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Given that Lin Carter and L. Sprague de Camp have both passed on, there could be no better author for "Conan: The Ultimate Guide to the World's Most Savage Barbarian" than Roy Thomas. When Lancer published its Conan paperbacks in the 1960s, usually with some of the best cover art Frank Frazetta every produced, Carter and de Camp had completed several of Robert E. Howard's unfinished stories, turned some other Howard stories into Conan tales, and came up with some new ones to fill in Conan's life, all arranged in chronological order. In 1970 Conan successfully negotiated with Howard's estate to start Marvel's "Conan the Barbarian" comic book. Thomas would end up writing more than 200 issues of "Conan the Barbarian," "Savage Sword of Conan," and "King Conan" comic books and graphic novels, two years of a Conan newspaper strip, a couple of record albums, and several television cartoons, as well s being a paid consultant on the "Conan the Barbarian" movie and co-writer of the first five drafts of its sequel, "Conan the Destroyer." Just for Marvel alone Thomas adapted every single Conan story Howard wrote and ended up turning more Howard non-Conan stories into Conan stories.
This book is commemorating the centennial of Howard's birth in 1906, which is as good of a reason as any to justify putting this book together. Thomas takes advantage of the chronology suggested by the "Nemedian Chronicles" and Howard's original stories, and fleshed out by Carter and de Camp, to divide Conan's life into a baker's dozen worth of stages: (1) Conan the Cimmerian covers the Battle of Venarium and his time among the Aesir; (2) Conan the Thief includes "The Tower of the Elephant"; (3) Conan the Mercenary; (4) Conan, Corsair of the Black Coast is the period when Amra traveled with Belit, "Queen of the Black Coast"; (5) Conan the Warrior is about his time with the Free Companions; (6) Conan the Chieftain finds him among the Zugairs and involves his crucifixion in "A Witch Shall Be Born"; (7) Conan, Solider of Fortune sees him again working as a mercenary; (8) Conan, Scourge of the Seas, sees him returning to the life of a pirate and becoming friends with Sigurd; (9) Conan, South of Stygia, is about our hero in the Black Kingdoms of the South, and includes "Red Nails."
The final stages all end up representing Conan the King, beginning with (10) Conan of the Border, when he joined the army of Aquilonia as a scout and started moving up through the ranks; (11) Conan the Liberator tells of how he came to slay the tyrant King Numedides; (12) Conan the King finally gets Conan on the thrown and shows how a liberator can also be called a usurper. Conan has to deal with several plots against his life, during which he meets Zenobia, the Nemedian slave that he would make queen of Aquilonia. Two of his oldest foes, King Yezdigerd of Turan and the Stygian sorcerer Thoth-amon would both fall to him; (13) Conan of the Isles has the final story in the saga, as Conan sails over the sea for his last great adventure. Thomas then provides an Epilogue that looks a The Hyborian Age After Conan, which eventually comes to an end when the Picts make themselves masters of Aquilonia. The next result is a fairly comprehensive look at the history of the character, thereby justifying the subtitle declaring this to be "The Ultimate Guide to the World's Most Savage Barbarian." Too bad we did not have this book around when Thomas was chaffing at the bit as "Conan the Barbarian" was progressing slowly through stages four and five, and using "The Savage Sword of Conan" to adapt all of the Robert E. Howard stories as quickly as possible. With Conan unstuck in time in black & white a reference book like this would have been quite useful.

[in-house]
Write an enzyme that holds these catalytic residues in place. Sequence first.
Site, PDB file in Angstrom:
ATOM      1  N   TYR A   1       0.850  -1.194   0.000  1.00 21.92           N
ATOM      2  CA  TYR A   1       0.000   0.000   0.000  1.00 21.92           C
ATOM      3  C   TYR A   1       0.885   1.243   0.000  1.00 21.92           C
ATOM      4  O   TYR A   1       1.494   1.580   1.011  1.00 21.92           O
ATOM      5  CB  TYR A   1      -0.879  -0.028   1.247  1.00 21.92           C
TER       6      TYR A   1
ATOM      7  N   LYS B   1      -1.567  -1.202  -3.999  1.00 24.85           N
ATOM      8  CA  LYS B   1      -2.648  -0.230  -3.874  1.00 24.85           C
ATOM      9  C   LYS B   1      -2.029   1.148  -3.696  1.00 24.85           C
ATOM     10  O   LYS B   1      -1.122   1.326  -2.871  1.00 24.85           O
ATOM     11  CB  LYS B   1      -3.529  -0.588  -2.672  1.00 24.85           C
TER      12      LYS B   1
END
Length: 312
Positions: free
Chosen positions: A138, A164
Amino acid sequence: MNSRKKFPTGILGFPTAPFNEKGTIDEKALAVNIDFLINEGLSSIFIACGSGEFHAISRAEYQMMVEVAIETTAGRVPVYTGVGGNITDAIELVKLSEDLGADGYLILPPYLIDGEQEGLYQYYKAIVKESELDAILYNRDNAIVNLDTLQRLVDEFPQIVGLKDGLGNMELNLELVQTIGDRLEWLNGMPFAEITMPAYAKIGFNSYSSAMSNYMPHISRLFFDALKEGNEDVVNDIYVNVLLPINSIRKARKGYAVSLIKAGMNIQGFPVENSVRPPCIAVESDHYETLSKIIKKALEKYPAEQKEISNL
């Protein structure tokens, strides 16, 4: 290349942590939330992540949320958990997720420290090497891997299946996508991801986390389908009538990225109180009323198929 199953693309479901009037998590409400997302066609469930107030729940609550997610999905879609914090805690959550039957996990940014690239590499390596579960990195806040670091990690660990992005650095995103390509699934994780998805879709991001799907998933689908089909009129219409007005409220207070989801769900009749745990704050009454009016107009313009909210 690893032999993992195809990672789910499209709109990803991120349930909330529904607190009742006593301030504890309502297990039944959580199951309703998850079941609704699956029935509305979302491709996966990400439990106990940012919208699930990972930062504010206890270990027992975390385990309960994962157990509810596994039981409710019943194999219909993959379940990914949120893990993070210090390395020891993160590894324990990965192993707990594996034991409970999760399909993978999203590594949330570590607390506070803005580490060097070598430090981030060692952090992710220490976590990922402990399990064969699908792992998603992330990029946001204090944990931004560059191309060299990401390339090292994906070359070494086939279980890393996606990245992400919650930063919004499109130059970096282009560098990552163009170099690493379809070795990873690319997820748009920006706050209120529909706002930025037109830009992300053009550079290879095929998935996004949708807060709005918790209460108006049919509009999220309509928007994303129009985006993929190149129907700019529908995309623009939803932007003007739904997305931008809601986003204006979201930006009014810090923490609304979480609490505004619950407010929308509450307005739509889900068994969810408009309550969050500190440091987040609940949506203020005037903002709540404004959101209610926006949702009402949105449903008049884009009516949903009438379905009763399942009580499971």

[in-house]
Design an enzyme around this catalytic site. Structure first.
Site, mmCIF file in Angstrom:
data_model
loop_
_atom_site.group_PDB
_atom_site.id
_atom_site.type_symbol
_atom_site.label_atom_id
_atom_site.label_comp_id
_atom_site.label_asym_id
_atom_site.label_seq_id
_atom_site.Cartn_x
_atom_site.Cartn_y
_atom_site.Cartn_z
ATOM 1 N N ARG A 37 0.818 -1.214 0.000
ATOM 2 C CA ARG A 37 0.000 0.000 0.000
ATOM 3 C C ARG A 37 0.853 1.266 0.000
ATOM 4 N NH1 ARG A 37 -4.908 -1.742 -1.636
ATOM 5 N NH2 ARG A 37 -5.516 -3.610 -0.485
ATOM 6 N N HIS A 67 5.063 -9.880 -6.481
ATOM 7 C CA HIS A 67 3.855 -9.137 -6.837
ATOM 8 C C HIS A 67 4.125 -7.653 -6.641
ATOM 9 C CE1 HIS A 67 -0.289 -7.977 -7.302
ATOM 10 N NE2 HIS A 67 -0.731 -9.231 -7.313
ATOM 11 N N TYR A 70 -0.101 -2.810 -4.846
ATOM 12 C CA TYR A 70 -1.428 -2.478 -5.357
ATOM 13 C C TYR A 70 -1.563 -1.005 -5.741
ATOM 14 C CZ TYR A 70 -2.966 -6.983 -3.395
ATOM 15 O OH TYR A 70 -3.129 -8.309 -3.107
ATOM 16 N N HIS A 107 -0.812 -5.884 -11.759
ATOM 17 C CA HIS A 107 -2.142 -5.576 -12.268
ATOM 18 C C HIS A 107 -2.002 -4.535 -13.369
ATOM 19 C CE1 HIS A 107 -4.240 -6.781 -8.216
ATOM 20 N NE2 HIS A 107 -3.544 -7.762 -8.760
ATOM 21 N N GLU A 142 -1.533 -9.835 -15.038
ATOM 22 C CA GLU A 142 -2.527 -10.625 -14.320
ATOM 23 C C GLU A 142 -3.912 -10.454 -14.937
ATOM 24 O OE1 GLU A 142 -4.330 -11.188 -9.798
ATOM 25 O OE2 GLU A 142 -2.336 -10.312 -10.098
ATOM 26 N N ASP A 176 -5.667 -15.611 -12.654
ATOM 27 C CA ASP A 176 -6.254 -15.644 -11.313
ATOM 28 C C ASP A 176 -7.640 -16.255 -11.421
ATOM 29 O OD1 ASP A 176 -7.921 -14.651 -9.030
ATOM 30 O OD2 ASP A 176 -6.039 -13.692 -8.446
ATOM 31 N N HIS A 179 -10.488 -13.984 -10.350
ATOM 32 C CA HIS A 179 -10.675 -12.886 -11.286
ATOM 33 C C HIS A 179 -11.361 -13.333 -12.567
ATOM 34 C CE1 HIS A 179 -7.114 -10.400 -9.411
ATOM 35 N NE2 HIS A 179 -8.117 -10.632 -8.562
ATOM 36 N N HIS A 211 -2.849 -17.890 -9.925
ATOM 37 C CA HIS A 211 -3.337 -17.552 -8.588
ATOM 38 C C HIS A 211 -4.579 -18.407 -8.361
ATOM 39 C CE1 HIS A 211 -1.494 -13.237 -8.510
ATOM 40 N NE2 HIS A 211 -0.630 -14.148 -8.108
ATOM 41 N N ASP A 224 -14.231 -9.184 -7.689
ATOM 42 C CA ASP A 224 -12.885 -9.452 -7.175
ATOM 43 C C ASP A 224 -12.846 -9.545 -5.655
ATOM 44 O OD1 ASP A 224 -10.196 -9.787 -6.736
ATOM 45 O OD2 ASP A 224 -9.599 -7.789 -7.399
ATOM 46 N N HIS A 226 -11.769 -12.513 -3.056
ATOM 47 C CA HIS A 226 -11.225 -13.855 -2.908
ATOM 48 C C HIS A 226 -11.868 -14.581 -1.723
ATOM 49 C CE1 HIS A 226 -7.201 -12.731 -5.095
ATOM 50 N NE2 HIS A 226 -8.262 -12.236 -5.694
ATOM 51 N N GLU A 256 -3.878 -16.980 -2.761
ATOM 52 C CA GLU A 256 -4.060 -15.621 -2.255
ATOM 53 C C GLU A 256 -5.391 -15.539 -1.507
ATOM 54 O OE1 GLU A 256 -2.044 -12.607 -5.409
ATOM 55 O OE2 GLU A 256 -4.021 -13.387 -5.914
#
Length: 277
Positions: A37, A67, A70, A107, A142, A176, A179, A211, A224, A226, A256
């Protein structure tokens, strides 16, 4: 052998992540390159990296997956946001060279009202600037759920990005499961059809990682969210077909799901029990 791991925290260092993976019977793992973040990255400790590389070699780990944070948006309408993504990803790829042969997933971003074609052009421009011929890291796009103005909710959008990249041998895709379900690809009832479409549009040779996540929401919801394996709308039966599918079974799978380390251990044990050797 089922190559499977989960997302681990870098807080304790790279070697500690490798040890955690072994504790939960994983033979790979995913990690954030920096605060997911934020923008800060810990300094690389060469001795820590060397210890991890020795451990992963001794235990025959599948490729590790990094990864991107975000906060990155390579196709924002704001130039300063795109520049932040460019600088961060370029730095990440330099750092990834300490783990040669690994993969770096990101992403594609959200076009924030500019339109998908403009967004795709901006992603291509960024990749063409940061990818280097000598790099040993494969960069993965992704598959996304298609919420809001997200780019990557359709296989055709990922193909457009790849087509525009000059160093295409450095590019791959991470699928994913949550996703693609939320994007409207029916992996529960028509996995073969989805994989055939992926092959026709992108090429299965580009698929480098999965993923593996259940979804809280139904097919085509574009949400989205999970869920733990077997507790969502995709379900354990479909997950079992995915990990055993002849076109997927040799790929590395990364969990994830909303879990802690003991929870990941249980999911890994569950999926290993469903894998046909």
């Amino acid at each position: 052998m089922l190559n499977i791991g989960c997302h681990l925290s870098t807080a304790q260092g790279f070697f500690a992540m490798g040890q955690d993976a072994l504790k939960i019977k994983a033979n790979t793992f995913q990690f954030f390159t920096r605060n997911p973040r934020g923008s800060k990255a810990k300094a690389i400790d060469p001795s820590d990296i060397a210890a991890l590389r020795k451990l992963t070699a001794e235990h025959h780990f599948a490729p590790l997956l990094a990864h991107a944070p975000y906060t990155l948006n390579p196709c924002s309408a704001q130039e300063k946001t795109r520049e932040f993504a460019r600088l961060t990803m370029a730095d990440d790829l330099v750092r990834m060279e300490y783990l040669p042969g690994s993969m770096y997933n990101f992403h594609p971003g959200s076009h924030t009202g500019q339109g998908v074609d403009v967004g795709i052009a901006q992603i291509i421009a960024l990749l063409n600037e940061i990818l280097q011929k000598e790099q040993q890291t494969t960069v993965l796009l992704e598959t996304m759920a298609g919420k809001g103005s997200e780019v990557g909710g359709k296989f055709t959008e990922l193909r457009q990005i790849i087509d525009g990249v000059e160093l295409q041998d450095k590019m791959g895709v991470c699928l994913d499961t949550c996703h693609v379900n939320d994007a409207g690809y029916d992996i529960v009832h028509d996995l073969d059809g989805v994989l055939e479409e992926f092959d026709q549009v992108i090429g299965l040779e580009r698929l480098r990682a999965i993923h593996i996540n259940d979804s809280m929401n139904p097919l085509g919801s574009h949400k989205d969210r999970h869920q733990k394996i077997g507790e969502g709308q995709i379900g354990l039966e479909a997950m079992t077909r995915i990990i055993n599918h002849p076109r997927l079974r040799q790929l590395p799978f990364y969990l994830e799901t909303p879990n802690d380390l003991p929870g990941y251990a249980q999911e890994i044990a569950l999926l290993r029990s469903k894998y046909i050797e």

The most detailed map of the Hyborian World that I have seen to date takes up a two-page spread at the start of the book, along with introductions to the Hyborian Age and the major gods of the Hyborian world. Throughout each section Thomas devotes pages to well known characters in the Conan saga, such as Yag-Kosha and Valeria, as well as key stories like "The Frost-Giant's Daughter" and "Red Nails." However, one of the things that Thomas does with this approach is that he does not distinguish between what was written by Howard versus any other writer, including himself. because the everything becomes part of the Conan saga. You will also find sidebars scattered throughout the book touching on topics like the "Tigress" that was Belit's pirate ship as well as brief profiles of dozens of characters from Queen Vammatar & The Witch Men to Epimetreus, spectral sage of Golamira. If you are looking for something in particular, the Index in the back of the book will help you out.
I do not know if Thomas had a big hand of picking the artwork for this book, but you have to love it when you are chronicling the days of Conan the Cimmerian and you can include the art of Frazetta, Barry Winsdor-Smith and Kurt Busiek (and others) for "The Frost Giant's Daughter." Except for the titles pages for each section there are multiple illustrations on pretty much every page and they also get bonus points for keeping the black & white artwork by Buscena and others from "Savage Sword of Conan" in their original black & white glory (I always loved the inking of Alfredo Alcala on Busceam's pencils in the black & white art). There are only some citations for Frazetta and a few other copyrighted artists, but otherwise there are not individual citations for the art, just a list at the back of the book that does not name all of the Marvel artists that did Conan. There is a dust jacket for this book, but when you take it off you get the exact same thing on the front (art by Alex Ross) and back cover of the actual book.